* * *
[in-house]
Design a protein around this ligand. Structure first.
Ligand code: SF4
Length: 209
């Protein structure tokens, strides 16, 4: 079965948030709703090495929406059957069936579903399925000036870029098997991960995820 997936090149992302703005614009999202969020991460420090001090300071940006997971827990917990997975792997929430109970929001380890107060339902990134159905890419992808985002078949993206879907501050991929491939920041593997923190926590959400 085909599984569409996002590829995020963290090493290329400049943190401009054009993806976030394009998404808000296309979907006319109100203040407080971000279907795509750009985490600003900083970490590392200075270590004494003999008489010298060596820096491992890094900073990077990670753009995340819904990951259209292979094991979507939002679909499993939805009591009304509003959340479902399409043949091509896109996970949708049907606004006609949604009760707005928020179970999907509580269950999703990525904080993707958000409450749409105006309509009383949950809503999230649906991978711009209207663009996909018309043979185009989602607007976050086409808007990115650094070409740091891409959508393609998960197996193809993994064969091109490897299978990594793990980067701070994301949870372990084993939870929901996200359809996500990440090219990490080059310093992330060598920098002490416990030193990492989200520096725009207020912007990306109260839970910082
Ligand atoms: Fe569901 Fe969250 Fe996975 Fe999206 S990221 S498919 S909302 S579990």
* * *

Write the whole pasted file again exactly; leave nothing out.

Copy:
[in-house]
Design a protein around this ligand. Structure first.
Ligand code: SF4
Length: 209
């Protein structure tokens, strides 16, 4: 079965948030709703090495929406059957069936579903399925000036870029098997991960995820 997936090149992302703005614009999202969020991460420090001090300071940006997971827990917990997975792997929430109970929001380890107060339902990134159905890419992808985002078949993206879907501050991929491939920041593997923190926590959400 085909599984569409996002590829995020963290090493290329400049943190401009054009993806976030394009998404808000296309979907006319109100203040407080971000279907795509750009985490600003900083970490590392200075270590004494003999008489010298060596820096491992890094900073990077990670753009995340819904990951259209292979094991979507939002679909499993939805009591009304509003959340479902399409043949091509896109996970949708049907606004006609949604009760707005928020179970999907509580269950999703990525904080993707958000409450749409105006309509009383949950809503999230649906991978711009209207663009996909018309043979185009989602607007976050086409808007990115650094070409740091891409959508393609998960197996193809993994064969091109490897299978990594793990980067701070994301949870372990084993939870929901996200359809996500990440090219990490080059310093992330060598920098002490416990030193990492989200520096725009207020912007990306109260839970910082
Ligand atoms: Fe569901 Fe969250 Fe996975 Fe999206 S990221 S498919 S909302 S579990």